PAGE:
According to this blog, appearing on the website of Georgetown’s Center for Applied Research in the Apostolate, better known as CARA, we learn that this is the first time Ash Wednesday has fallen on the same day as Valentine’s Day since 1945.
“That means it is an obligatory day of fasting (one full meal plus two smaller meals that together are not larger than the full meal) and abstinence (no meat),” the blog states. “Also, expect some non-Catholics in the restaurant to think you and your date have dirt on your heads.”
Will the bishops give us a dispensation on that day?
Probably not, the blog surmises. Even though they do give dispensations when St. Patrick’s Day falls on a Friday, Ash Wednesday is a different story. This is mostly because we don’t know nearly as much about the various St. Valentines (there are several different stories about martyrs named Valentine) as we do about St. Patrick.
However, aside from forcing us to make different menu selections on that happy day, consider how fitting it is that the same day we begin to make reparation for our sins falls on the day that we traditionally celebrate the very essence of our God – love.
After all, it was because God so loved the world that He gave his only begotten Son, “that whosoever believeth in him, may not perish, but may have life everlasting” (John 3:16).
The fact that these two events fall on the same day may actually lend some real meaning to Valentine’s Day which has become so secularized it’s hard to find anything Catholic in it at all. The day is mostly about sending flowers, chocolates, and pajama-grams, and not at all about the “no greater love” that made St. Valentine so famous.
For example, in one story, St. Valentine of Rome, who lived during the third century, was put on house arrest by a judge for offered a direct challenge to his faith in Jesus Christ. Heal his daughter of her blindness or else. St. Valentine's faith in Jesus never wavered. He put his hands over her eyes and instantly restored her vision. The astonished judge was said to have destroyed all the idols in his house, fasted for three days, and then accepted baptism along with his entire household.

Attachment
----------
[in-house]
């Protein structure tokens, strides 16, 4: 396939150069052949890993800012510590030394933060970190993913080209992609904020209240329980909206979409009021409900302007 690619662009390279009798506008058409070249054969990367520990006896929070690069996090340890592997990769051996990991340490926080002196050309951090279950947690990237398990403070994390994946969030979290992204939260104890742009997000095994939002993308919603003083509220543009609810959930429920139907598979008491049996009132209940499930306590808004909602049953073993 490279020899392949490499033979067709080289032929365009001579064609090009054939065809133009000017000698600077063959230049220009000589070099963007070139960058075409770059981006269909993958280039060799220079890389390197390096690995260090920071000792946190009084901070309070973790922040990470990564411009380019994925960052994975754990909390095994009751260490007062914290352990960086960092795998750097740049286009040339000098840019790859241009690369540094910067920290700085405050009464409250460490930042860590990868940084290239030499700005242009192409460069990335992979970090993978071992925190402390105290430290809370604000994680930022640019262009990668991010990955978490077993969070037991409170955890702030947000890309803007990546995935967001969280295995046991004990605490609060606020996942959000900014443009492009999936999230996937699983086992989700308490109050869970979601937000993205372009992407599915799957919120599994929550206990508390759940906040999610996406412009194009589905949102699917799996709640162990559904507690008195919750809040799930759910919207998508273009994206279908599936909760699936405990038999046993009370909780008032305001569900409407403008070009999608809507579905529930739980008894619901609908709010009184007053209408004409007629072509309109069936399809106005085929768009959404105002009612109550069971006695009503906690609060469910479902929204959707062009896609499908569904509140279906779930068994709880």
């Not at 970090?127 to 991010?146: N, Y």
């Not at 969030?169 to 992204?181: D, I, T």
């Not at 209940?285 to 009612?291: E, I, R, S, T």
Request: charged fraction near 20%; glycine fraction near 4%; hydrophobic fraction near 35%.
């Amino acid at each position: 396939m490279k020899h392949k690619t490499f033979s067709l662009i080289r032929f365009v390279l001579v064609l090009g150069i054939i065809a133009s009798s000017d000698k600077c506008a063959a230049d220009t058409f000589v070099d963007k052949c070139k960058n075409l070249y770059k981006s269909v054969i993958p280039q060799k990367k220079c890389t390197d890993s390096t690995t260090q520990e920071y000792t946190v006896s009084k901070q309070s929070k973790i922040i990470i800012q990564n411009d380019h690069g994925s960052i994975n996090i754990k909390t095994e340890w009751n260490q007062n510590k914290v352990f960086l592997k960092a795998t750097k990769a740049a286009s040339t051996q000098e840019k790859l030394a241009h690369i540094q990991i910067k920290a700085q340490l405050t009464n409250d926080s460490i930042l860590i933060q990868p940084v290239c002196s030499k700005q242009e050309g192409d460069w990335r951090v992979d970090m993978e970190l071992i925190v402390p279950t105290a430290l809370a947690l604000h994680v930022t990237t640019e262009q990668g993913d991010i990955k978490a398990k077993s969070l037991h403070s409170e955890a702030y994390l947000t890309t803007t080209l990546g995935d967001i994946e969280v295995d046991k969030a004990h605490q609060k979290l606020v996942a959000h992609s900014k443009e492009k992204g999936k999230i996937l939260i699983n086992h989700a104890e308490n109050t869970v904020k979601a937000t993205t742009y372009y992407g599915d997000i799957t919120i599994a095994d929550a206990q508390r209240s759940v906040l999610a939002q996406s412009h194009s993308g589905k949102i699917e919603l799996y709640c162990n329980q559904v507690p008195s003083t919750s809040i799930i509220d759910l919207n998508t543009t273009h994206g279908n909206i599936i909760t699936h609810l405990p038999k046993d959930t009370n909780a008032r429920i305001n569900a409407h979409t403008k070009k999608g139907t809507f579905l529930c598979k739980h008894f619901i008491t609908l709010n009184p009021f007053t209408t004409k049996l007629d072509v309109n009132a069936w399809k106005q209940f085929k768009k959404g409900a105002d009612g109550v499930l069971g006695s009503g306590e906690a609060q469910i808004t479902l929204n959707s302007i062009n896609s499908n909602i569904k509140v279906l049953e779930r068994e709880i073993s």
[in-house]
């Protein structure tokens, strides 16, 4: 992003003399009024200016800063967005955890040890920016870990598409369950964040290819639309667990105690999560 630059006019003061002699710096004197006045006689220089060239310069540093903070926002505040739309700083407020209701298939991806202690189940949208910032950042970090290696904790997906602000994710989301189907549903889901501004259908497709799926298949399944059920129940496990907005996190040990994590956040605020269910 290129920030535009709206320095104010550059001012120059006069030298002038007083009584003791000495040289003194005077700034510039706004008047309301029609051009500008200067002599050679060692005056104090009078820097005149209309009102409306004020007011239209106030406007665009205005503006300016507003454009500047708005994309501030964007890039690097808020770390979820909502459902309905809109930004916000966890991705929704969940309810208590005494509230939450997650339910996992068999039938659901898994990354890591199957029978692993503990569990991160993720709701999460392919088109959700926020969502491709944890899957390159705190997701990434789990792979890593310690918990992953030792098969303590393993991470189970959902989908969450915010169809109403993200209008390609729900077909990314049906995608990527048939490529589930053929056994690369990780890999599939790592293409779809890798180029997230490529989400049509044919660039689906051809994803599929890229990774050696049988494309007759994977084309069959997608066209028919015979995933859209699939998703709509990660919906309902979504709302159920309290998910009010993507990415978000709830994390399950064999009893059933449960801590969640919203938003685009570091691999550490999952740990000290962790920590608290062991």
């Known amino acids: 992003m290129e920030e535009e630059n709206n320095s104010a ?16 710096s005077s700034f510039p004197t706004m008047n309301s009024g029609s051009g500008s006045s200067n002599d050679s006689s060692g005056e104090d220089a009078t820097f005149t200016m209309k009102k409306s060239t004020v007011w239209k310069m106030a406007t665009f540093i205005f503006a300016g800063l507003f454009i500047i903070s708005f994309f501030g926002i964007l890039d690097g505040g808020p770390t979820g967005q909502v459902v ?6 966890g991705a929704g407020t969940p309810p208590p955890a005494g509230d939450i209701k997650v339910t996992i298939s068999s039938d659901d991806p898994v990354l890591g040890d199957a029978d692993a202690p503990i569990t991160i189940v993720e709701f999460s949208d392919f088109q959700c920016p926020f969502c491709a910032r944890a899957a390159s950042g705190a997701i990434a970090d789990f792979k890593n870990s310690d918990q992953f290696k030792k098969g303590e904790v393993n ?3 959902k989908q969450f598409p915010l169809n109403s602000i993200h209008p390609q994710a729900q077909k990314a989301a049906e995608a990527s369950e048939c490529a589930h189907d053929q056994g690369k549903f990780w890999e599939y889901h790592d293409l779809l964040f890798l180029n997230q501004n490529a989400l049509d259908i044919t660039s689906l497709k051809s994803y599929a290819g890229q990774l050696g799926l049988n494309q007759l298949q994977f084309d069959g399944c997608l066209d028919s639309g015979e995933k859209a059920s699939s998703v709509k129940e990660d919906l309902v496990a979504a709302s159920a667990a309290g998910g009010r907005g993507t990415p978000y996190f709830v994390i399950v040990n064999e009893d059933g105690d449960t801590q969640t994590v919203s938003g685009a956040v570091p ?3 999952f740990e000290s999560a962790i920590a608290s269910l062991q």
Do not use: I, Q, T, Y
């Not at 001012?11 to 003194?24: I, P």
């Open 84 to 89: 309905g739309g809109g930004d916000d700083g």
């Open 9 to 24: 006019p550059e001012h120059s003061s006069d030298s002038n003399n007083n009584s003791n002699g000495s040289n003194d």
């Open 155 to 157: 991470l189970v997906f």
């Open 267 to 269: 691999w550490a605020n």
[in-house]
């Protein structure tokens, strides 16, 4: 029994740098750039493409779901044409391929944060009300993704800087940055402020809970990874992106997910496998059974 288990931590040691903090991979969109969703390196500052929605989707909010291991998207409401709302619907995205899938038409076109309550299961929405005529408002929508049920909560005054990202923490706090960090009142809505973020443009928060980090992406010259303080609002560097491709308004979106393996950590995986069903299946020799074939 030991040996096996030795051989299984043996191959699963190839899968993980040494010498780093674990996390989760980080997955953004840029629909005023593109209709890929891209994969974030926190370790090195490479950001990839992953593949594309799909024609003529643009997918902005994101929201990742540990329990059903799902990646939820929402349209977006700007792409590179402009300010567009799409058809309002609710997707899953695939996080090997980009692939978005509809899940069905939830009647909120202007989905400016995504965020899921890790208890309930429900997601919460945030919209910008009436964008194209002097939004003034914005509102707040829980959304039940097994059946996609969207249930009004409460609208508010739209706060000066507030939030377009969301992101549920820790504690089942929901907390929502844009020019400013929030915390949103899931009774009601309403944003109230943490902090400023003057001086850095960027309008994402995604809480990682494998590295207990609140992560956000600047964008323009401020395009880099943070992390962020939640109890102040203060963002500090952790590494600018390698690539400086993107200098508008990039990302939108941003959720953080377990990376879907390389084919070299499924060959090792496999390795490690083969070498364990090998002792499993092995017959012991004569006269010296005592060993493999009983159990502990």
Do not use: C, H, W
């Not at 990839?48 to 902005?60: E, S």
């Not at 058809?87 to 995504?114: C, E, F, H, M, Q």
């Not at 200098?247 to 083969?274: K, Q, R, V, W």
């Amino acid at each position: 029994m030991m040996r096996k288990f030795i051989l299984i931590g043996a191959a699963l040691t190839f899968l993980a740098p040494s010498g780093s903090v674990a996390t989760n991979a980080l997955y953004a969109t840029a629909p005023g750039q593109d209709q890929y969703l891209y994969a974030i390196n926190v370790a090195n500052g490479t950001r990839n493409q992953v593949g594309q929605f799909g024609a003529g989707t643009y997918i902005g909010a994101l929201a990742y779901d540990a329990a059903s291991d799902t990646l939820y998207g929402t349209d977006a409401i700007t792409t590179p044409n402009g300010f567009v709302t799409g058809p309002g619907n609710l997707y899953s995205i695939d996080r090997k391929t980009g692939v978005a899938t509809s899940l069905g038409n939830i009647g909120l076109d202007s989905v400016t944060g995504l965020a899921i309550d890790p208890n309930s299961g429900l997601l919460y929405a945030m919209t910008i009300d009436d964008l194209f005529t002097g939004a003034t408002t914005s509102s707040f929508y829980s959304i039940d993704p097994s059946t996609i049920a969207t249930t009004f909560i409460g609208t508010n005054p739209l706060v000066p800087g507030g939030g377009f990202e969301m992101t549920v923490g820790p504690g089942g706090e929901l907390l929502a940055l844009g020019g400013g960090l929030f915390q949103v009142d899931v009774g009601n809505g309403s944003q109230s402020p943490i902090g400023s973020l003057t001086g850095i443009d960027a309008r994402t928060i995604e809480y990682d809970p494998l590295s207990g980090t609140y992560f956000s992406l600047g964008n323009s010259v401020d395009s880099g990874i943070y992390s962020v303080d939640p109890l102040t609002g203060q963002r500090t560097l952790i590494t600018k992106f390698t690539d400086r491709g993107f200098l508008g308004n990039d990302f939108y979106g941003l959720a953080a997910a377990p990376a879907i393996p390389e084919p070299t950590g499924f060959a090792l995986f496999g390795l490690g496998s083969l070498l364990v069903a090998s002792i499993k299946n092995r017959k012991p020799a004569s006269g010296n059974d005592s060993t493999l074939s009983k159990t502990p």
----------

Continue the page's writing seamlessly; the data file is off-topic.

Another tale of St. Valentine says he was a Roman priest living during the reign of Claudius II. Tossed in jail for marrying Christians and aiding those who were being persecuted, the emperor had a liking for him and a friendly relationship actually started to grow between them until Valentine tried to convert him to Christianity. This sent Claudius into a rage in which he condemned Valentine death by beheading if he did not renounce Christ. However, denying his Love was not an option and he died for the faith just outside the Flaminian Gate on February 14, 269.
There are various versions of these stories but the central theme is the same no matter which legend is being told - love for Jesus Christ.
This is why Valentine’s Day is not just about love, it’s about the Love of all Loves, a love that suffered and died in order to teach us what it means to have “no greater love.”
Yes, Valentine’s Day and Ash Wednesday belong together. They remind us that real love isn’t about cute little cherubs shooting arrows through hearts. It’s about the joy of giving oneself to another, even when that means sacrifice and suffering.
Just as He suffered for love of us, on this Valentine’s Day, let's put ourselves aside and suffer a little for love of Him.
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